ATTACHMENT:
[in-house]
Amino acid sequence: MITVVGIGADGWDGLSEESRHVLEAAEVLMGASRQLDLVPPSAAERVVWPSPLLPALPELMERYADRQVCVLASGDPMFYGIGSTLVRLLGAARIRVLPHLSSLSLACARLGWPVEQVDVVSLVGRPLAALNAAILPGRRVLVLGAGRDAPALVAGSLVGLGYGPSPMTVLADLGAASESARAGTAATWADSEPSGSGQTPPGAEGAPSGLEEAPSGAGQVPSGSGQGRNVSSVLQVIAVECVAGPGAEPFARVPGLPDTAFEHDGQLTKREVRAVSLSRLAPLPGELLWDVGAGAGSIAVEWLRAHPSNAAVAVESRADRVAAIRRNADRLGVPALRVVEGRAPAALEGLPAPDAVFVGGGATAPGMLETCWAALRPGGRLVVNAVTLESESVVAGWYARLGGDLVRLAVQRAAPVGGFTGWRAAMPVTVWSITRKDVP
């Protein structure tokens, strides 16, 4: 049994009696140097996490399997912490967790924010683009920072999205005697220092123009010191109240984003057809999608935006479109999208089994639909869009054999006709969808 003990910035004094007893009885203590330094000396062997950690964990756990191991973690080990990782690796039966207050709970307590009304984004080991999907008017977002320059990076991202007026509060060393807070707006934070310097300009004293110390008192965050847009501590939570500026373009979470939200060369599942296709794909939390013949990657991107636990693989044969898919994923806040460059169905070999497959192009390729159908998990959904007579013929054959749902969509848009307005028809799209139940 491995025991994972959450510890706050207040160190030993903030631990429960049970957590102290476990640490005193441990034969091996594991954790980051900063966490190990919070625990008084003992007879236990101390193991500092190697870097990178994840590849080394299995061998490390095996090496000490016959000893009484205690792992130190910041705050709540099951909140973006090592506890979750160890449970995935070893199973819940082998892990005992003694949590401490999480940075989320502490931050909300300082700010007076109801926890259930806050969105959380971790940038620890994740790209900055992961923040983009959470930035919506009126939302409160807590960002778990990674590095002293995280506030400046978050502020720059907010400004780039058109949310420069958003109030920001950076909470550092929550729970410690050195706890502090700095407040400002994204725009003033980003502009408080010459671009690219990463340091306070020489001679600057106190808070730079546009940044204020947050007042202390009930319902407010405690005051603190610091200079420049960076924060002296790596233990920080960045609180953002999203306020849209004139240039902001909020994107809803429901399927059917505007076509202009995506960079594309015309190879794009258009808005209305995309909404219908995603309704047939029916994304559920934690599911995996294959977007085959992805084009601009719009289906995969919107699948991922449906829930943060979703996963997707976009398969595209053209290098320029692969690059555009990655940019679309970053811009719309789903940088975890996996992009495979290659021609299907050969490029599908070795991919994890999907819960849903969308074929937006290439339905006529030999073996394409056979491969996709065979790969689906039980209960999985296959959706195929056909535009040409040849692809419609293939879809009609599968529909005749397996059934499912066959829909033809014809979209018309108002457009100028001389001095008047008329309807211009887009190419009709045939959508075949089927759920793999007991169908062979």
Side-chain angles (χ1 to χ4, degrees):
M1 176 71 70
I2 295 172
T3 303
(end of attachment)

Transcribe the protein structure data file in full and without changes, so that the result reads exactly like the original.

[in-house]
Amino acid sequence: MITVVGIGADGWDGLSEESRHVLEAAEVLMGASRQLDLVPPSAAERVVWPSPLLPALPELMERYADRQVCVLASGDPMFYGIGSTLVRLLGAARIRVLPHLSSLSLACARLGWPVEQVDVVSLVGRPLAALNAAILPGRRVLVLGAGRDAPALVAGSLVGLGYGPSPMTVLADLGAASESARAGTAATWADSEPSGSGQTPPGAEGAPSGLEEAPSGAGQVPSGSGQGRNVSSVLQVIAVECVAGPGAEPFARVPGLPDTAFEHDGQLTKREVRAVSLSRLAPLPGELLWDVGAGAGSIAVEWLRAHPSNAAVAVESRADRVAAIRRNADRLGVPALRVVEGRAPAALEGLPAPDAVFVGGGATAPGMLETCWAALRPGGRLVVNAVTLESESVVAGWYARLGGDLVRLAVQRAAPVGGFTGWRAAMPVTVWSITRKDVP
């Protein structure tokens, strides 16, 4: 049994009696140097996490399997912490967790924010683009920072999205005697220092123009010191109240984003057809999608935006479109999208089994639909869009054999006709969808 003990910035004094007893009885203590330094000396062997950690964990756990191991973690080990990782690796039966207050709970307590009304984004080991999907008017977002320059990076991202007026509060060393807070707006934070310097300009004293110390008192965050847009501590939570500026373009979470939200060369599942296709794909939390013949990657991107636990693989044969898919994923806040460059169905070999497959192009390729159908998990959904007579013929054959749902969509848009307005028809799209139940 491995025991994972959450510890706050207040160190030993903030631990429960049970957590102290476990640490005193441990034969091996594991954790980051900063966490190990919070625990008084003992007879236990101390193991500092190697870097990178994840590849080394299995061998490390095996090496000490016959000893009484205690792992130190910041705050709540099951909140973006090592506890979750160890449970995935070893199973819940082998892990005992003694949590401490999480940075989320502490931050909300300082700010007076109801926890259930806050969105959380971790940038620890994740790209900055992961923040983009959470930035919506009126939302409160807590960002778990990674590095002293995280506030400046978050502020720059907010400004780039058109949310420069958003109030920001950076909470550092929550729970410690050195706890502090700095407040400002994204725009003033980003502009408080010459671009690219990463340091306070020489001679600057106190808070730079546009940044204020947050007042202390009930319902407010405690005051603190610091200079420049960076924060002296790596233990920080960045609180953002999203306020849209004139240039902001909020994107809803429901399927059917505007076509202009995506960079594309015309190879794009258009808005209305995309909404219908995603309704047939029916994304559920934690599911995996294959977007085959992805084009601009719009289906995969919107699948991922449906829930943060979703996963997707976009398969595209053209290098320029692969690059555009990655940019679309970053811009719309789903940088975890996996992009495979290659021609299907050969490029599908070795991919994890999907819960849903969308074929937006290439339905006529030999073996394409056979491969996709065979790969689906039980209960999985296959959706195929056909535009040409040849692809419609293939879809009609599968529909005749397996059934499912066959829909033809014809979209018309108002457009100028001389001095008047008329309807211009887009190419009709045939959508075949089927759920793999007991169908062979």
Side-chain angles (χ1 to χ4, degrees):
M1 176 71 70
I2 295 172
T3 303